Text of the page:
[ISN] Linux Advisory Watch - September 10th 2004

InfoSec News isn at c4i.org
Mon Sep 13 03:43:38 EDT 2004

|  LinuxSecurity.com                             Weekly Newsletter    |
|  September 10th, 2004                        Volume 5, Number 36a   |

  Editors:      Dave Wreski                     Benjamin D. Thomas
                dave at linuxsecurity.com          ben at linuxsecurity.com

Linux Advisory Watch is a comprehensive newsletter that outlines the
security vulnerabilities that have been announced throughout the week.
It includes pointers to updated packages and descriptions of each

This week, advisories were released for imlib, krb5, and kernel. The
distributors include Fedora, Mandrake, and Suse.


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BIOS Security

The BIOS is the lowest level of software that configures or manipulates
your x86-based hardware.

LILO and other Linux boot methods access the BIOS to determine how to boot
up your Linux machine. Other hardware that Linux runs on has similar
software (OpenFirmware on Macs and new Suns, Sun boot PROM, etc...). You
can use your BIOS to prevent attackers from rebooting your machine and
manipulating your Linux system.

Most PC BIOSs let you set a boot password. This doesn't provide all that
much security (the BIOS can be reset, or removed if someone can get into
the case), but might be a good deterrent (i.e. it will take time and leave
traces of tampering). Similarly, on SPARC/Linux (Linux for SPARC(tm)
processor machines), your EEPROM can be set to require a boot-up password.
This might slow attackers down.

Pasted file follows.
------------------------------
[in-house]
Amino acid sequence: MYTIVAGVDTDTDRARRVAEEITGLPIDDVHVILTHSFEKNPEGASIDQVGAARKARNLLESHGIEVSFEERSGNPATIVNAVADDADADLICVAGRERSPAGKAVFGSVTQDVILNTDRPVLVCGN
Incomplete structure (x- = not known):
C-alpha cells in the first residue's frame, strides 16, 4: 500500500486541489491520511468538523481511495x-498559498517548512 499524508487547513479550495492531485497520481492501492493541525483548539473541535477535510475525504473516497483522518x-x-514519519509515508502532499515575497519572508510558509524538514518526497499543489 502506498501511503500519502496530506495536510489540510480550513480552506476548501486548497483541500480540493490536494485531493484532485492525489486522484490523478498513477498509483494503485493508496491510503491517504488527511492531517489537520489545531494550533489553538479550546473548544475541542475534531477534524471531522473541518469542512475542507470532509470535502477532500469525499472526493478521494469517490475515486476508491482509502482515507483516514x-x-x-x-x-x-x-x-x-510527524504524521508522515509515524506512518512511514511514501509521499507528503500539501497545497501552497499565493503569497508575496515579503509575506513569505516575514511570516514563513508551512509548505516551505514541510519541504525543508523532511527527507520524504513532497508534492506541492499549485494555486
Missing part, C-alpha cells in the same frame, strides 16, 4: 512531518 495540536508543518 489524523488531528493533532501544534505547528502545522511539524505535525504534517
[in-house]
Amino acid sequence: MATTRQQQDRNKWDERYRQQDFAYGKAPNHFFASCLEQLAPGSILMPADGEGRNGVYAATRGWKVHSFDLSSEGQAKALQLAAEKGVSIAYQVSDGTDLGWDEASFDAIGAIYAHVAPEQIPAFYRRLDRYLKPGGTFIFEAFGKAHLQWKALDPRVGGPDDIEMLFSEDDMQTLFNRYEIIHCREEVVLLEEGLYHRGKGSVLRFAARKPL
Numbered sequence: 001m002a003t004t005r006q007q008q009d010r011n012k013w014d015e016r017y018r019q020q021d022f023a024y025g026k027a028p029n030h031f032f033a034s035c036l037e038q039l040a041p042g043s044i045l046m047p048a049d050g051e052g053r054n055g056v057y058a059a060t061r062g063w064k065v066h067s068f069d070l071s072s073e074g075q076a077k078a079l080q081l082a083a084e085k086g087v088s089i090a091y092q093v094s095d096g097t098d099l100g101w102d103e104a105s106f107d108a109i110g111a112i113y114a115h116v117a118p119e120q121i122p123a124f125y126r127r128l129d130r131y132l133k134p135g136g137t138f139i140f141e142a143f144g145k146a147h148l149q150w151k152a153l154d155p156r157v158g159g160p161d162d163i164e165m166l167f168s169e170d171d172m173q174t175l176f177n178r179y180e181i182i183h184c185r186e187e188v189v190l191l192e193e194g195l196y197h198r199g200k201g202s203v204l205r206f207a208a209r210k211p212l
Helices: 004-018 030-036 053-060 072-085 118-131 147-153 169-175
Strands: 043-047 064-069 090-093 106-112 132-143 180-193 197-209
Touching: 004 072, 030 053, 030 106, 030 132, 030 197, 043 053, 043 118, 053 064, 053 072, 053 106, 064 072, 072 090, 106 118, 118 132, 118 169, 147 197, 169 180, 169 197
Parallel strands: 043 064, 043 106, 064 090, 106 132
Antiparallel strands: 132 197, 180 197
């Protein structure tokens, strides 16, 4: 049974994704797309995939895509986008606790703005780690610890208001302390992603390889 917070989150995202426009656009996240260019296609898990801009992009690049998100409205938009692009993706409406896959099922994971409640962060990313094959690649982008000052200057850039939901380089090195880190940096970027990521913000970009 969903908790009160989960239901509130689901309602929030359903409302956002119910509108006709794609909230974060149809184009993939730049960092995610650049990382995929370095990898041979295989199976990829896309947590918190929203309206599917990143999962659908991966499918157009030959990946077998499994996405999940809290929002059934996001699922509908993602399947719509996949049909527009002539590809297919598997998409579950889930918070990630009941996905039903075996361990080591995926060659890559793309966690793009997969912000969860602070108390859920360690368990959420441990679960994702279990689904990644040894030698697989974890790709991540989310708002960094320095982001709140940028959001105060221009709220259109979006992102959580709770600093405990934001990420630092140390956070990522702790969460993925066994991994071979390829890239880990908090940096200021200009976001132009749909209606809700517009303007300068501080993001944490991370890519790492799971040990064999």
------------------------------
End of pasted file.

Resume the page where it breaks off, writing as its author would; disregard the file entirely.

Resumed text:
Many PC BIOSs also allow you to specify various other good security
settings. Check your BIOS manual or look at it the next time you boot up.
For example, most BIOSs disallow booting from floppy drives and some
require passwords to access some BIOS features.

Note: If you have a server machine, and you set up a boot password, your
machine will not boot up unattended. Keep in mind that you will need to
come in and supply the password in the event of a power failure.

 Security Tip Written by Dave Wreski (dave at linuxsecurity.com)
 Additional tips are available at the following URL:



Network security is continuing to be a big problem for companies and home
users. The problem can be resolved with an accurate security analysis. In
this article I show how to approach security using aide and chkrootkit.



An Interview with Gary McGraw, Co-author of Exploiting Software:
How to Break Code

Gary McGraw is perhaps best known for his groundbreaking work on securing
software, having co-authored the classic Building Secure Software
(Addison-Wesley, 2002). More recently, he has co-written with Greg Hoglund
a companion volume, Exploiting Software, which details software security
from the vantage point of the other side, the attacker. He has graciously
agreed to share some of his insights with all of us at LinuxSecurity.com



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|  Distribution: Fedora           | ----------------------------//

 9/10/2004 - imlib-1.9.13-15.fc Security update (core1)

   Several heap overflow vulnerabilities have been found in the imlib
   BMP image handler. An attacker could create a carefully crafted
   BMP file in such a way that it would cause an application linked
   with imlib to execute arbitrary code when the file was opened by a


|  Distribution: Mandrake         | ----------------------------//

 9/1/2004 - krb5
   multiple vulnerabilities

   A double-free vulnerability exists in the MIT Kerberos 5's KDC
   program  that could potentially allow a remote attacker to execute
   arbitrary code on the KDC host.


|  Distribution: Suse             | ----------------------------//

 9/1/2004 - kernel

   Various signedness issues and integer overflows have been fixed
   within kNFSd and the XDR decode functions of kernel 2.6.


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